Saturday, May 10, 2014

An Introduction to OpenLayers 3, Part II

Last week, we created a basic web map by loading a basemap from OpenStreetMap using OpenLayers 3 (OL3).  If you missed last week's post, below are links to the code:
This week I will cover copying OL3's JavaScript libraries to a web hosting service. Also, note that you can run basic OpenLayers code off your computer--it simply depends on where the sources of data are located and how the code is written.

In order to get your map visible on the web, you will need a web hosting service or your own server.  After setting up an account, you will have a chance to upload files. Before that, there are a few things you need to know:
  • You will upload folders and files from the OL3 JavaScript library to the public or root directory of your web hosting service.  
  • In some cases, this is simply a matter of placing files in a folder; for some services you may have to set permission levels to public/everyone.
  • An additional step for uploading and accessing layers.
    •  In the next post, we will upload, use, and symbolize this uploaded layer.  
      • OL3 runs client-side (vs the server) so keep that in mind, so you won't want to use this method for large layers.
      • You don't need to do this step or the next one if you are accessing layers using a web map service or WMS.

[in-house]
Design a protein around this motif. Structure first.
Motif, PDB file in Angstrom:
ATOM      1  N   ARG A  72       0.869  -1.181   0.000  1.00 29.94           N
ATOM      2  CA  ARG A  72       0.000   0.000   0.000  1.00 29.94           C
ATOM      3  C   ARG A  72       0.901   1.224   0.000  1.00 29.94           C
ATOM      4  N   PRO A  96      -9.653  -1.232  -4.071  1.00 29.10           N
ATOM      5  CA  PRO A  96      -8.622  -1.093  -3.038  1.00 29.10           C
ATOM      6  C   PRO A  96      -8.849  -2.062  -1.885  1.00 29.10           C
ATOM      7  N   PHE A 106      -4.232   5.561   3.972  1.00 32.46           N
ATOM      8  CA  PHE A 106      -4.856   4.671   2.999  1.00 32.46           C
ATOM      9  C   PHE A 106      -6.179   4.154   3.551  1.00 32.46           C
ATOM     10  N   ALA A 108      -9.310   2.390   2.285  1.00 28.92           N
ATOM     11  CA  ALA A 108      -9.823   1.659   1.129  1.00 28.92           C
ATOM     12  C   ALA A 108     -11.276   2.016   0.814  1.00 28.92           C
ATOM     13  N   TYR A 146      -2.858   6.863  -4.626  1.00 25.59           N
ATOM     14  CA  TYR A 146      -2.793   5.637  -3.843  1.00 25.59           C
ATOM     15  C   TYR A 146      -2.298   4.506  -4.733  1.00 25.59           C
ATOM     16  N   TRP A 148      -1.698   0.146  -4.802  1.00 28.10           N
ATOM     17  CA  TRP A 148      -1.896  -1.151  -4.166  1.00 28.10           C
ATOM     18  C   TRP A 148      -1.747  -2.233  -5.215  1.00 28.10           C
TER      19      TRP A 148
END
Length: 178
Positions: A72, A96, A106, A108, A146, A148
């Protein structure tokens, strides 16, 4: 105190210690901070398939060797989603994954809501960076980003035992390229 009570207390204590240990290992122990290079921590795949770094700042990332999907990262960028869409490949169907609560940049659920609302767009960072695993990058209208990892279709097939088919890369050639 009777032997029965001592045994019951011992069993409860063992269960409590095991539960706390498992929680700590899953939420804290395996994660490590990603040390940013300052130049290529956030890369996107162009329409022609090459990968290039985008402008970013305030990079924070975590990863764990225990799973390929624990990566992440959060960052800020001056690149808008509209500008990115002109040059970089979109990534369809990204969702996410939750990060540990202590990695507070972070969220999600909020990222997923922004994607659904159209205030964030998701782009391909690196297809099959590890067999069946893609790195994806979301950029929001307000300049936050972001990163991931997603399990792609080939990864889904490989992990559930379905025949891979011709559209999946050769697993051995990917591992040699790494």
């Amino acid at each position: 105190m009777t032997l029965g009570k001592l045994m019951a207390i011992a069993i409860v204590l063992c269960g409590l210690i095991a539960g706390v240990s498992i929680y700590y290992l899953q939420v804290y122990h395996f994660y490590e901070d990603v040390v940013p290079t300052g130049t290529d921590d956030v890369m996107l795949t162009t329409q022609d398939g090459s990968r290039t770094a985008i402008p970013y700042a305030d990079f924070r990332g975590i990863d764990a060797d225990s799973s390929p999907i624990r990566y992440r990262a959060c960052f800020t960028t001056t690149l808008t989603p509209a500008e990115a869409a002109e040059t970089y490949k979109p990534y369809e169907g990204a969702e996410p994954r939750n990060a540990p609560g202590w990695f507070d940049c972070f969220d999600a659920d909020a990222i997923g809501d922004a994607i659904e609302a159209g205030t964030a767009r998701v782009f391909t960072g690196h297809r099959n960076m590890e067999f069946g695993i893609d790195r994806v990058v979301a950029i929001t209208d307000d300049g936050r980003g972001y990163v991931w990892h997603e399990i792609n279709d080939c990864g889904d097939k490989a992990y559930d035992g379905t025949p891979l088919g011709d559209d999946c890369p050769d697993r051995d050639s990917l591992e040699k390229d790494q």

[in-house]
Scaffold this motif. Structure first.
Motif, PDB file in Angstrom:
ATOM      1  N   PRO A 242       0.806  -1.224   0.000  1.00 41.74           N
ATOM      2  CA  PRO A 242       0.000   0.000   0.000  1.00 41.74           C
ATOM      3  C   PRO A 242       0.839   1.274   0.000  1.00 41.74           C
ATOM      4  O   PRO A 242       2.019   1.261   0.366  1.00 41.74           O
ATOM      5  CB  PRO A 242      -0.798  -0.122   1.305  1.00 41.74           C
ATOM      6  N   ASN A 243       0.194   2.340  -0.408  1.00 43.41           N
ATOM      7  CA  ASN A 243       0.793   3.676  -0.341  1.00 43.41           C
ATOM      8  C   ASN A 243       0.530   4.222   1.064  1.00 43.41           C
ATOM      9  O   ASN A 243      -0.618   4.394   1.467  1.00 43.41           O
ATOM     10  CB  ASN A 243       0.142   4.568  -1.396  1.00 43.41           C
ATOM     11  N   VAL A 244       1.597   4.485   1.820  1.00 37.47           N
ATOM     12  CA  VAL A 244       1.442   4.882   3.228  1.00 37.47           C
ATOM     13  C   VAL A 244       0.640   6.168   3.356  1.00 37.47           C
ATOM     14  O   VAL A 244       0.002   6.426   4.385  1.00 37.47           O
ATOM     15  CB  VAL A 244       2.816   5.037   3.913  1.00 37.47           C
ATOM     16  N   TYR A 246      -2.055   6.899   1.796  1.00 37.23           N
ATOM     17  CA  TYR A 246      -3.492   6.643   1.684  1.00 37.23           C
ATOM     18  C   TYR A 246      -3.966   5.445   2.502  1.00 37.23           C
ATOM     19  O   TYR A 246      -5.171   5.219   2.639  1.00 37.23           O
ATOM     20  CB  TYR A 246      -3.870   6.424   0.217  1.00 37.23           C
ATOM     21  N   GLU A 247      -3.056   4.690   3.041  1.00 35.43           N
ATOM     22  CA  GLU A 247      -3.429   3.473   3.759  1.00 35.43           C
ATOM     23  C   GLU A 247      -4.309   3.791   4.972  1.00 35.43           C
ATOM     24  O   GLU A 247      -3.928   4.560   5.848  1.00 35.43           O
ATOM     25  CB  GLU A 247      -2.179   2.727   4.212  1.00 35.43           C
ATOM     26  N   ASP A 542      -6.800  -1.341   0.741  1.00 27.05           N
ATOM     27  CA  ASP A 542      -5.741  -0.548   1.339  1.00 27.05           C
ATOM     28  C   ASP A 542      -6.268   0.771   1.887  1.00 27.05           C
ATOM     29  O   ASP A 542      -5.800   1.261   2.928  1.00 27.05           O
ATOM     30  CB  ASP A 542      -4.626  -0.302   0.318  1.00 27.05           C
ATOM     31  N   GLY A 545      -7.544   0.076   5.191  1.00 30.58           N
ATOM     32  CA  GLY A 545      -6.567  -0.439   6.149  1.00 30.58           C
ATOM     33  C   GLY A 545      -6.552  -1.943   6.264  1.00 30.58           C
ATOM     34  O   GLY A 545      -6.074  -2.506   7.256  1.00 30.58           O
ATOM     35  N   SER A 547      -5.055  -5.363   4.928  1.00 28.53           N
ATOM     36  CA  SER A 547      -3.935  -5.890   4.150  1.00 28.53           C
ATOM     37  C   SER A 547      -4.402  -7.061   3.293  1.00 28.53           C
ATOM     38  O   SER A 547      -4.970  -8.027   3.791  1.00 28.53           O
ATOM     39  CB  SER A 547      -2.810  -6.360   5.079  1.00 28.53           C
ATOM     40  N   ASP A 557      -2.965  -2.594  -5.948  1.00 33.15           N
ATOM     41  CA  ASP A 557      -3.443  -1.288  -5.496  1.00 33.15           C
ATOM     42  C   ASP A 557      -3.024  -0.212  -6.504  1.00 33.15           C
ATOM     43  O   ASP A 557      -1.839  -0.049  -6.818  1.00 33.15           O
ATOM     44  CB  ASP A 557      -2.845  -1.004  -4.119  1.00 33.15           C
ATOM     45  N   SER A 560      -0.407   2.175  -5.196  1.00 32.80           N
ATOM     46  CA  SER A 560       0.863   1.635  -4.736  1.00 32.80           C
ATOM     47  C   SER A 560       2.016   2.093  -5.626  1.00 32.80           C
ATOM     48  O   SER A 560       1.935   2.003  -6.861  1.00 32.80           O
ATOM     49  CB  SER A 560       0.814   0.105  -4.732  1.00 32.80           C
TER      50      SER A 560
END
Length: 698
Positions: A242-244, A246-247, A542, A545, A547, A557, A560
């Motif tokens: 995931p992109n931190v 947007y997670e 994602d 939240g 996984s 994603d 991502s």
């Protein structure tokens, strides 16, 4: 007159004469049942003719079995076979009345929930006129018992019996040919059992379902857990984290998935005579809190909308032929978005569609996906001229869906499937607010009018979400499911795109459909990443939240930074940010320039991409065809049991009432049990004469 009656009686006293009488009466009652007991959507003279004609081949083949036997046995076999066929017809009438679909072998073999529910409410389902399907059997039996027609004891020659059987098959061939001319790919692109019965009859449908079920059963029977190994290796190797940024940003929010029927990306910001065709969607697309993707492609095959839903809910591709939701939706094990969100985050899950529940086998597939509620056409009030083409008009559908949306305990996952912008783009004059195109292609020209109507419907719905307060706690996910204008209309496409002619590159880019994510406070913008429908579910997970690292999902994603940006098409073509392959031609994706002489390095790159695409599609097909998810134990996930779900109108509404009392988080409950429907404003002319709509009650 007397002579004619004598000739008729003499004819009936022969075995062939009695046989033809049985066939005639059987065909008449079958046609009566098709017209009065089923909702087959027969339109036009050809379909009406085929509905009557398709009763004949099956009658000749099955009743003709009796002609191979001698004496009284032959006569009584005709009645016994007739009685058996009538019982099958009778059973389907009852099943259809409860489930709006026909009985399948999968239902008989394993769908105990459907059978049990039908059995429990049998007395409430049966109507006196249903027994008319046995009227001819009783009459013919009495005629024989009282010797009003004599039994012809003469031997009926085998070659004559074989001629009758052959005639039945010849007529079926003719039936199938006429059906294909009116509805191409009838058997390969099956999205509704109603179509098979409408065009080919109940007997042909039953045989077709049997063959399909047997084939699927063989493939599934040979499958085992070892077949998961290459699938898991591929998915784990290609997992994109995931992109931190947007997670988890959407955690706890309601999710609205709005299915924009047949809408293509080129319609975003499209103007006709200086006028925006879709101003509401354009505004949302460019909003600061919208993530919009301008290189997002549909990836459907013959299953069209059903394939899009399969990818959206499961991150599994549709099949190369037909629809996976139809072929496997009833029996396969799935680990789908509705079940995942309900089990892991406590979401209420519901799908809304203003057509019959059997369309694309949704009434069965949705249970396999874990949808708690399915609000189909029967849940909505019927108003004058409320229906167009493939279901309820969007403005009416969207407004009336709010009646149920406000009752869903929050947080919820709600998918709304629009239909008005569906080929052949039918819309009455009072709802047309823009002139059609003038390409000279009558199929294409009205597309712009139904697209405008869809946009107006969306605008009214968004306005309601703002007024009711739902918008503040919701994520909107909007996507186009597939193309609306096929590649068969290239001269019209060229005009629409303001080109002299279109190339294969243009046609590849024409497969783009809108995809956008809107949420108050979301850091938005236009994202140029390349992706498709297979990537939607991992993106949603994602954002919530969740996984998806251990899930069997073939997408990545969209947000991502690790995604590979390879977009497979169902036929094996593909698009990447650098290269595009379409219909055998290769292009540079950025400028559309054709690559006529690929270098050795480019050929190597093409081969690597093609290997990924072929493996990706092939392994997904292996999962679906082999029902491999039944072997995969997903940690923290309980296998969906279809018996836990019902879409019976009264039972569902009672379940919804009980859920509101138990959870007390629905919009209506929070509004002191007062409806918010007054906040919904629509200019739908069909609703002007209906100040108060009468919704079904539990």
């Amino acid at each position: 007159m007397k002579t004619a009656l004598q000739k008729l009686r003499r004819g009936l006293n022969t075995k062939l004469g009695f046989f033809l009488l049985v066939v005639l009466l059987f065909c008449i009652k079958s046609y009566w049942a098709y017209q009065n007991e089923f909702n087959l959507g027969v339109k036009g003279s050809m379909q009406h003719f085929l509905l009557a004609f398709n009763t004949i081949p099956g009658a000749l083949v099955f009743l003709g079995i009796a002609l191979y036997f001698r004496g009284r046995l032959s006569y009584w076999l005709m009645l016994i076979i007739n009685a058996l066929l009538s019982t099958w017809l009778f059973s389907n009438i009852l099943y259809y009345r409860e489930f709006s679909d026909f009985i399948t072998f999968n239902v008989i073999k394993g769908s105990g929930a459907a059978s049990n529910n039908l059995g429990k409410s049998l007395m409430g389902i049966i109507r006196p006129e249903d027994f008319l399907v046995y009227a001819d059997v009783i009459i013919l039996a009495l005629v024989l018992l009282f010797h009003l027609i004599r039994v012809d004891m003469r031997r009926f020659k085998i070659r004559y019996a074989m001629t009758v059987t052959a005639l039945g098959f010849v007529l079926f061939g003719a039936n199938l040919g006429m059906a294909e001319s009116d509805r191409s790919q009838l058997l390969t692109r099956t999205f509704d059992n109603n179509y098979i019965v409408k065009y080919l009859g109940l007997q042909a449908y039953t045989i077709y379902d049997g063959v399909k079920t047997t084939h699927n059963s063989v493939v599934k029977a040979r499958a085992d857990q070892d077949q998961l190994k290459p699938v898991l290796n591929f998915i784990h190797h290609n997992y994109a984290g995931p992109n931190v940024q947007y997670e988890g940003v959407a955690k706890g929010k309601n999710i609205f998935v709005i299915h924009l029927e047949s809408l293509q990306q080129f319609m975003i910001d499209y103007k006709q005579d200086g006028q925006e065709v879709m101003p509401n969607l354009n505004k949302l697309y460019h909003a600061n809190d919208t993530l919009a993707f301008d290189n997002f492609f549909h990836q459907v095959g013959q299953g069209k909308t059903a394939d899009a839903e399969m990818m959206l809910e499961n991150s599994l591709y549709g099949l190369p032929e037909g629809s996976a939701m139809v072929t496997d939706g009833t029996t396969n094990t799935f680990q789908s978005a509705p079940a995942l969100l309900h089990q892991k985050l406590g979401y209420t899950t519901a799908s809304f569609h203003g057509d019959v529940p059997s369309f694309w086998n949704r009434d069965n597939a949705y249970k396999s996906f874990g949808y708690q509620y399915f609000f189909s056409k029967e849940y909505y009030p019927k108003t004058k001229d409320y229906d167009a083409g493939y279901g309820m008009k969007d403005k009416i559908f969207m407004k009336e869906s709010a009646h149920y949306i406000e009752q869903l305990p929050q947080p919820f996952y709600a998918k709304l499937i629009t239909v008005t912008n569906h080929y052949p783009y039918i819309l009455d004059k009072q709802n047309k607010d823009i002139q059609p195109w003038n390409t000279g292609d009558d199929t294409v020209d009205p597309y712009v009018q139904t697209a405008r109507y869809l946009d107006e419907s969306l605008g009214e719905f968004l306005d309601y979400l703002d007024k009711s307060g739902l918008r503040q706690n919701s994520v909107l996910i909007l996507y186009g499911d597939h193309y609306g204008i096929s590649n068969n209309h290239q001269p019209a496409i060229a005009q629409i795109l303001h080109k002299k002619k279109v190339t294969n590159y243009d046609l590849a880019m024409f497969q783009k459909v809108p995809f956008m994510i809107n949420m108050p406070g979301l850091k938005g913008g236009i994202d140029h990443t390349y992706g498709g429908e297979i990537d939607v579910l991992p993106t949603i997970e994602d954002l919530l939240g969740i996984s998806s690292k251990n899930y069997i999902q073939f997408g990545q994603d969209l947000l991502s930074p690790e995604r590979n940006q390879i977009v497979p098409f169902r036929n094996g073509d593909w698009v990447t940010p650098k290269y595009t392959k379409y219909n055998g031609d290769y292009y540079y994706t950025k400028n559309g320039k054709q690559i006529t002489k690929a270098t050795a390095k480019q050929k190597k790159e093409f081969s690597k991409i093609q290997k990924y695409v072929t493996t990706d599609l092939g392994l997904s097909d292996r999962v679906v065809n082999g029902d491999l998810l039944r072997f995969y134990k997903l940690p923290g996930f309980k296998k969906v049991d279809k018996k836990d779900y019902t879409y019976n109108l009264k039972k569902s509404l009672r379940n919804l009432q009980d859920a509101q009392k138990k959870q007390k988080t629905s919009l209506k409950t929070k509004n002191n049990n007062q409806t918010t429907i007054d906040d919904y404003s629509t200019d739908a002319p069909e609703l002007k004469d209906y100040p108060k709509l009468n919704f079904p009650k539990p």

• Later I will also look at using GeoServer for more complex layers.
    • In addition, you will have to create a simple web config file to access files on your web hosting service. 
      • This can be done in a text editor, like Notepad. 
      • For example if you plan to use KML files, you will have upload a file with the following code for particular media or MIME types
      • Click to magnify the screenshot below for an example for a *.kml file.
You can find code for other MIME types by searching the web.
Save this code as web.config and upload to the root directory of your web hosting service.
After downloading and unpacking the *.zip file from OL3 (or OL2), you will see several folders and files. 
  • Consider copying all the folders and files over to see examples and understand how the code works
  • Keep in mind how you copy folders and files over, since this will affect how you write code and reference directories.
  • Lastly, the ol.js file you need is in the build folder.  In the first example that I showed (in the code above), you need to change the link to the OL3 website from "" to "build/ol.js."  The same goes for the css stylesheet.
Next time, we will look at uploading, using, and symbolizing a KML.

For serious developers, be sure to check out the OL3 wiki at:

No comments:

Post a Comment